On Sunday, the Missoulian ran a piece explaining how the state and local school districts are working to develop new standards for science across the state. It was a much-needed piece in an era when Republicans repeatedly claim that there is no local control over what students learn.
The piece ably explained something that few people outside of education really seem to understand: that the state, in collaboration with local teachers, establishes standards, broad guidelines and expectations for student learning in every curricular area. Then local districts, often alone, but sometimes in voluntary partnership with other districts, develop curriculum, the specific instruction and content that is used in those districts to meet the broad standards.
It’s an arrangement that Montana schools have always used: partnership to write the broad guidelines combined with local autonomy about how to implement them. Conservatives who demagogue about the Common Core, for instance, seem unwilling to admit or learn that even under these new standards, the curriculum is written by local teachers in their own communities. And just as your local board will open up discussion about curriculum to the public, the state will do the same with the new science standards. As the story notes:
The proposed standards were created by committees of educators, administrators and community members. They will be open for public input, and are slated to be up for approval this fall.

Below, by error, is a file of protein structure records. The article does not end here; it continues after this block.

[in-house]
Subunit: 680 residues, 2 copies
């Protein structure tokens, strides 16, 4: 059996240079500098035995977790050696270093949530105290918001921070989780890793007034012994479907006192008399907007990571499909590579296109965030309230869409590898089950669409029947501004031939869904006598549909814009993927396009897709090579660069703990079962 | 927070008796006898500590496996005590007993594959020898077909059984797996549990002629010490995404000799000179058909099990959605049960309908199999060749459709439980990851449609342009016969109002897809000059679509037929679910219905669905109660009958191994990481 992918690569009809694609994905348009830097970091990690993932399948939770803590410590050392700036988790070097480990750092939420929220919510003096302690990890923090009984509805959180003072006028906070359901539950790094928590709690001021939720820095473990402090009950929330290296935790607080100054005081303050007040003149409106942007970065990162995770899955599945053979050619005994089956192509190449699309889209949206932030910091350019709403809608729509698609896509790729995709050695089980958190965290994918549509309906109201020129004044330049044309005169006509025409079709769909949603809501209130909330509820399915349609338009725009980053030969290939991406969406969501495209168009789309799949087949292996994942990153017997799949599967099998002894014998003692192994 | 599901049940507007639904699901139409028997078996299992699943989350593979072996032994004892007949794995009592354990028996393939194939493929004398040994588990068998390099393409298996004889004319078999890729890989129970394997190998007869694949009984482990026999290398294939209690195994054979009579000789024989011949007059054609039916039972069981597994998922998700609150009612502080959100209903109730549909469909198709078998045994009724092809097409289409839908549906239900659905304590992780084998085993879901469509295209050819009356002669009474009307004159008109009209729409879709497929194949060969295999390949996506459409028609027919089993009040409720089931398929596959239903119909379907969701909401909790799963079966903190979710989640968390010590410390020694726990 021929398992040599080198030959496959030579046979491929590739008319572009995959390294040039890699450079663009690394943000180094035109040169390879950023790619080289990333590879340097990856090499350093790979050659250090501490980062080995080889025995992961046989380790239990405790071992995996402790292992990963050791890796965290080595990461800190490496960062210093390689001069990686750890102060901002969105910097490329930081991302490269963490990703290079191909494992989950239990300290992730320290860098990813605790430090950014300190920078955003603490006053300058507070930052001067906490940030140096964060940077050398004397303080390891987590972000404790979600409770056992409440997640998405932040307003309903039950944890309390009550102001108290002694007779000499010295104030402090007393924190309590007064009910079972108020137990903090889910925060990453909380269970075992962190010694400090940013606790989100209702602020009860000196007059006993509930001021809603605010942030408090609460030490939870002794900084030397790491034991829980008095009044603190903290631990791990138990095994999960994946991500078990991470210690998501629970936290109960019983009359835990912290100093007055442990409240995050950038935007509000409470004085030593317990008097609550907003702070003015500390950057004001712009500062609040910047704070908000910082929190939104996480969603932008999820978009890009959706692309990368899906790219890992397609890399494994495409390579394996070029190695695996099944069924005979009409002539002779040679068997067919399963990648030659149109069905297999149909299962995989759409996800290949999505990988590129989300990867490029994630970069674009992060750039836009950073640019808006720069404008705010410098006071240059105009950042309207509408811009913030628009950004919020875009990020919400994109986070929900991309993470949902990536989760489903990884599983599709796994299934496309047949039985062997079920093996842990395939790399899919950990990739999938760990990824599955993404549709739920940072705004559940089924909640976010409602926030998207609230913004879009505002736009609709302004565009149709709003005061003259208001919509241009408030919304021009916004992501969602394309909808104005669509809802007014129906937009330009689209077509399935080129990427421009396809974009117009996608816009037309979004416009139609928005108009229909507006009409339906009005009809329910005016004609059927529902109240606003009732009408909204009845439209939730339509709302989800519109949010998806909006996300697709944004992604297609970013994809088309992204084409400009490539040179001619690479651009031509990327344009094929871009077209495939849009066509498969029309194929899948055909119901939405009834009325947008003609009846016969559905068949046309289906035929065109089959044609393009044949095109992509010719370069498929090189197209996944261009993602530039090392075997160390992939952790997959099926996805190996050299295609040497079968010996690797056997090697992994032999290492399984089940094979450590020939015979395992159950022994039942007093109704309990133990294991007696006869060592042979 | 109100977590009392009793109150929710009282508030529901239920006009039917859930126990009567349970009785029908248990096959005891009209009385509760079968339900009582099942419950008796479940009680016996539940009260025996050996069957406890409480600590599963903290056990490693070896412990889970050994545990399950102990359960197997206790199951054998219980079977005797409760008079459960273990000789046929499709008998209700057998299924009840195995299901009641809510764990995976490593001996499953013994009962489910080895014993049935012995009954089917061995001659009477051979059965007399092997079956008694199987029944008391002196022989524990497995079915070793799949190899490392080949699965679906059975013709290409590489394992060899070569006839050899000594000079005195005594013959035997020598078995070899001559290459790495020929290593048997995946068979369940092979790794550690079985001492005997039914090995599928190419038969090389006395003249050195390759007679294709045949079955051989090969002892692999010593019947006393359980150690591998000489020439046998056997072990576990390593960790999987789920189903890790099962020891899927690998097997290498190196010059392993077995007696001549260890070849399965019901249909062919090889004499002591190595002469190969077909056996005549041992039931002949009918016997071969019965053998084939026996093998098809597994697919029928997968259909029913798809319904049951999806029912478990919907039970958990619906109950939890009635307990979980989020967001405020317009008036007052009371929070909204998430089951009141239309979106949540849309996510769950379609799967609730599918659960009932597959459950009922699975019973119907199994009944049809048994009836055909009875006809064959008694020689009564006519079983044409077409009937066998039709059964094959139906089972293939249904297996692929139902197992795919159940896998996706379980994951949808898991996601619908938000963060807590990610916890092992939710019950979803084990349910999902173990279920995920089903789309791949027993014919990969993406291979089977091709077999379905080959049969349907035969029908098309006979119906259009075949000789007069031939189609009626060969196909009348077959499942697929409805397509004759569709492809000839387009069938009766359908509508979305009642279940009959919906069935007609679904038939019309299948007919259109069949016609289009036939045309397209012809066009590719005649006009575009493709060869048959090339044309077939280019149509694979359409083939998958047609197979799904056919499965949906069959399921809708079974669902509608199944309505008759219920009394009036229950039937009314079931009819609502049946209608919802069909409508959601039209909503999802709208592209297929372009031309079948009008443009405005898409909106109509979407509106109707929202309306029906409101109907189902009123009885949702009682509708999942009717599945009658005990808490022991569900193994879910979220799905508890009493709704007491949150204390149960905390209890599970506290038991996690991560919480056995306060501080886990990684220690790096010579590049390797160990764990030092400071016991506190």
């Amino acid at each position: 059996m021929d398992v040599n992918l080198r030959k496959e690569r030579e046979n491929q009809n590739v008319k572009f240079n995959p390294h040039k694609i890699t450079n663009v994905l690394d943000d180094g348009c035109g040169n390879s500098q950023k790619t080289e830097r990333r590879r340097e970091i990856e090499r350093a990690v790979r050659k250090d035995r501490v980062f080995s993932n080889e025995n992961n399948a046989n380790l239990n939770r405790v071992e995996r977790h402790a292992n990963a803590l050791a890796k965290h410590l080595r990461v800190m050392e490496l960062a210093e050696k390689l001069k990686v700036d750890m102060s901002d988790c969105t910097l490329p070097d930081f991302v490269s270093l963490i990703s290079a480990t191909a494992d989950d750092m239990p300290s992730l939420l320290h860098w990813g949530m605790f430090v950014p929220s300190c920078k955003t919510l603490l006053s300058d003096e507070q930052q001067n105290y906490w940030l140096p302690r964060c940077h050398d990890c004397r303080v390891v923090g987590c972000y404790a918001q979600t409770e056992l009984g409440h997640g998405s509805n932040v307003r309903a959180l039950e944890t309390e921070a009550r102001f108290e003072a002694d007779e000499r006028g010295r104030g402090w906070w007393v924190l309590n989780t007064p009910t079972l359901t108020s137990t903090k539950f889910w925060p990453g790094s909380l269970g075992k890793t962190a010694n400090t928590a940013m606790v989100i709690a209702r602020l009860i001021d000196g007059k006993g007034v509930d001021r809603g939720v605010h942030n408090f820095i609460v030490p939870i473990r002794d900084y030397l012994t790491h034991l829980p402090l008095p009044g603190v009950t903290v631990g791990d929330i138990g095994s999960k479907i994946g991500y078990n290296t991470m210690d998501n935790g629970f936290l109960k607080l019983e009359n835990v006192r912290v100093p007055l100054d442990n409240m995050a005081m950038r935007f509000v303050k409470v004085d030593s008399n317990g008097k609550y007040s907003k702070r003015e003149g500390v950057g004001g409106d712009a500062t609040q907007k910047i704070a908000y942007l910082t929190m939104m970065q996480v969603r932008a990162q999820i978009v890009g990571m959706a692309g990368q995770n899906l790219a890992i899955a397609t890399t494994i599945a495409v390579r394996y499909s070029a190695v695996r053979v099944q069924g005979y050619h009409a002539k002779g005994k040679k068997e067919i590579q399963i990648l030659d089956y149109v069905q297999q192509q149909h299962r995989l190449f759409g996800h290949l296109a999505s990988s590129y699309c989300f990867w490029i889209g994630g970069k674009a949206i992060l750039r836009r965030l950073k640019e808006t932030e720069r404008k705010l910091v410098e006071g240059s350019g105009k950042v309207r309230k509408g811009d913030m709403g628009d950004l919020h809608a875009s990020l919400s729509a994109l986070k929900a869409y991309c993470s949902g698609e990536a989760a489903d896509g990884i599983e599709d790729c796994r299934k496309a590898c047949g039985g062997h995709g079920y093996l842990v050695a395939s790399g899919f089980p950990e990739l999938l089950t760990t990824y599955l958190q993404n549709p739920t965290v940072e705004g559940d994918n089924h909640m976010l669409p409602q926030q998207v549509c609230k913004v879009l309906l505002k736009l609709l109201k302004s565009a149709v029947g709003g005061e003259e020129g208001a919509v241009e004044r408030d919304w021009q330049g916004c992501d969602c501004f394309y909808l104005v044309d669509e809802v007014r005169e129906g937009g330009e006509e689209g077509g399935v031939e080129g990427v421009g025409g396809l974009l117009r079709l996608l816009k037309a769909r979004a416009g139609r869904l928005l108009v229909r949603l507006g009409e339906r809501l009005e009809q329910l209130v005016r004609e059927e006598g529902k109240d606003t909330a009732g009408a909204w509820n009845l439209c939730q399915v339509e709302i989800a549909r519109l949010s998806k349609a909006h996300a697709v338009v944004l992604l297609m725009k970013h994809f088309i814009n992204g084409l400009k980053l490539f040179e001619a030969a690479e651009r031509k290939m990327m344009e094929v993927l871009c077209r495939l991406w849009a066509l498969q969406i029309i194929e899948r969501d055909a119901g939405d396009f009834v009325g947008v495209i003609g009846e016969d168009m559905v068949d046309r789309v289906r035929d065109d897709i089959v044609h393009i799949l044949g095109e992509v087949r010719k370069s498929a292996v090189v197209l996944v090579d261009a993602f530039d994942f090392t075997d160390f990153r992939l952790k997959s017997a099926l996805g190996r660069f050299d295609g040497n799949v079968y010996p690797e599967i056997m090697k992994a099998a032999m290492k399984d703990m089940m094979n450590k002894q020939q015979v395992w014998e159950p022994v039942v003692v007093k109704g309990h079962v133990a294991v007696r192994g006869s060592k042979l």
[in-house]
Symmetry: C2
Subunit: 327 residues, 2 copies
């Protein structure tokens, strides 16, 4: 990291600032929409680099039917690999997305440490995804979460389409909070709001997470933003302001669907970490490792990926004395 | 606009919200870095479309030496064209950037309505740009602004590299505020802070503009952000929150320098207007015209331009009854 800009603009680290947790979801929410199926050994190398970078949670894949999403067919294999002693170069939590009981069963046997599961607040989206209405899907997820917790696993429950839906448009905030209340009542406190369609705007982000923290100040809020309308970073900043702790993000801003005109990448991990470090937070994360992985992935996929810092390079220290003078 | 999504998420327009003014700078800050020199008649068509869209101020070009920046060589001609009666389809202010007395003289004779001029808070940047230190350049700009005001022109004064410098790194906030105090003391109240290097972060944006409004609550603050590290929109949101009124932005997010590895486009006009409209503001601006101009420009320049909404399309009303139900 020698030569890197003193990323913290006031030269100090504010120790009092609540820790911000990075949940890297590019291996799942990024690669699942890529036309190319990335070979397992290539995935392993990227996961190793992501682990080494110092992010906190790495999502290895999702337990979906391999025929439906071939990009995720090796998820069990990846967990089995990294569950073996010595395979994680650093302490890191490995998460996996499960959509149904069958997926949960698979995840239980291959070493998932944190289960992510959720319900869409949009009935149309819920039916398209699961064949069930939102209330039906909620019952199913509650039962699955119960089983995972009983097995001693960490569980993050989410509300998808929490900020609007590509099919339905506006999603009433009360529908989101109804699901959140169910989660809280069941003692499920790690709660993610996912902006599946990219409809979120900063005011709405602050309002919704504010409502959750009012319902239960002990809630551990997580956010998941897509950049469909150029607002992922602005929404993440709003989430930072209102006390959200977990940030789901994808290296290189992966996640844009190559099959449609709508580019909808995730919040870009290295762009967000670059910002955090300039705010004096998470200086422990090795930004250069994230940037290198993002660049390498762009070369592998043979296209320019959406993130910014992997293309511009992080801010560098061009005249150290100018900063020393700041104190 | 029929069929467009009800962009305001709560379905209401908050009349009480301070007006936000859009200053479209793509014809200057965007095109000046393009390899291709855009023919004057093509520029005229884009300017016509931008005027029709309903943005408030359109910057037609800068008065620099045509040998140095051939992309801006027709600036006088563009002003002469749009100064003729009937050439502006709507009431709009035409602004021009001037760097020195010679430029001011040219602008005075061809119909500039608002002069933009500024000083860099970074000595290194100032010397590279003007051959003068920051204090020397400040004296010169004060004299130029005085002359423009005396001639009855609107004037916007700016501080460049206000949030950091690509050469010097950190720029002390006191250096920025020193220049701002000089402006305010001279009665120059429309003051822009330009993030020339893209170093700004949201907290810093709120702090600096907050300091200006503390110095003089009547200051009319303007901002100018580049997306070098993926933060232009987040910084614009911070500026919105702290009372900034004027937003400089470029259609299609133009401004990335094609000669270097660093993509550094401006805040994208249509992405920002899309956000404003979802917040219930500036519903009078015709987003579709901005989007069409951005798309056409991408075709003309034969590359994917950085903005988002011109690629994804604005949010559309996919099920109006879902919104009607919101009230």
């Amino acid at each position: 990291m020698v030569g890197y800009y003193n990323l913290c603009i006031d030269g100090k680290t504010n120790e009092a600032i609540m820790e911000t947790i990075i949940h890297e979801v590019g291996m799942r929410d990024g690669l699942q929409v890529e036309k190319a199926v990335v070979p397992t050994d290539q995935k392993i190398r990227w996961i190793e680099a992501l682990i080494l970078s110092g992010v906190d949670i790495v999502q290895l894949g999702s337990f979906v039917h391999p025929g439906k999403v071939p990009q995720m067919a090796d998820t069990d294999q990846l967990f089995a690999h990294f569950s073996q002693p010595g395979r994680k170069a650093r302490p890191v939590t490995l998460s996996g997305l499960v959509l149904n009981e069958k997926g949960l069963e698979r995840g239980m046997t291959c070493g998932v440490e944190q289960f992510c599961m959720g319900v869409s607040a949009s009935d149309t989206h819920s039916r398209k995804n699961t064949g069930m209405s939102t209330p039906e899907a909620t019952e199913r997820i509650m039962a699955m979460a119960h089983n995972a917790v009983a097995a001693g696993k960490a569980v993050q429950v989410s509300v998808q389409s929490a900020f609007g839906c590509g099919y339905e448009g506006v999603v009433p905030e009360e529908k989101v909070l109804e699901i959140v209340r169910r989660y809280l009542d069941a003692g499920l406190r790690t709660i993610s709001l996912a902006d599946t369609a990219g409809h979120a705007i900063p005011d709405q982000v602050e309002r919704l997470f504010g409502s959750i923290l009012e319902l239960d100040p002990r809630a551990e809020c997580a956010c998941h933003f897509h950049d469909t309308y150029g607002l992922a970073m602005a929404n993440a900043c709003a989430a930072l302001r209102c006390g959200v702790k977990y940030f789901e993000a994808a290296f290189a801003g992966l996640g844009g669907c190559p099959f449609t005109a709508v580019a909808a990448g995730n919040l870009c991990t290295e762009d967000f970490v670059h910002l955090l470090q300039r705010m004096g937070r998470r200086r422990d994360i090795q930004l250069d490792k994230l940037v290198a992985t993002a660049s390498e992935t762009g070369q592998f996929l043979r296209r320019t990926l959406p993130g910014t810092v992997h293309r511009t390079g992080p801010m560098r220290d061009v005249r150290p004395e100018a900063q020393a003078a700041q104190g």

All in all, the Missoulian piece was a useful explanation of a process that conservative opponents have politicized across the nation, leading to states abandoning the teaching of climate science and valorizing the slaveowners of the Confederacy. At the root of that politicization is a deliberate effort to mislead the public about how standards and curriculum are developed, something the Missoulian piece explained well.
Here in Montana, conservatives claimed, for instance, that the Common Core standards were adopted without public input, despite 12 public meetings about the adoption of the standards.
The increasingly heated (and often entirely irrational) debate about education standards, whether they are the Common Core or Next Generation Science Standards would certainly be improved if conservatives understood the difference between a state standard and local curriculum, and even more so if they told the truth about what those standards really mean.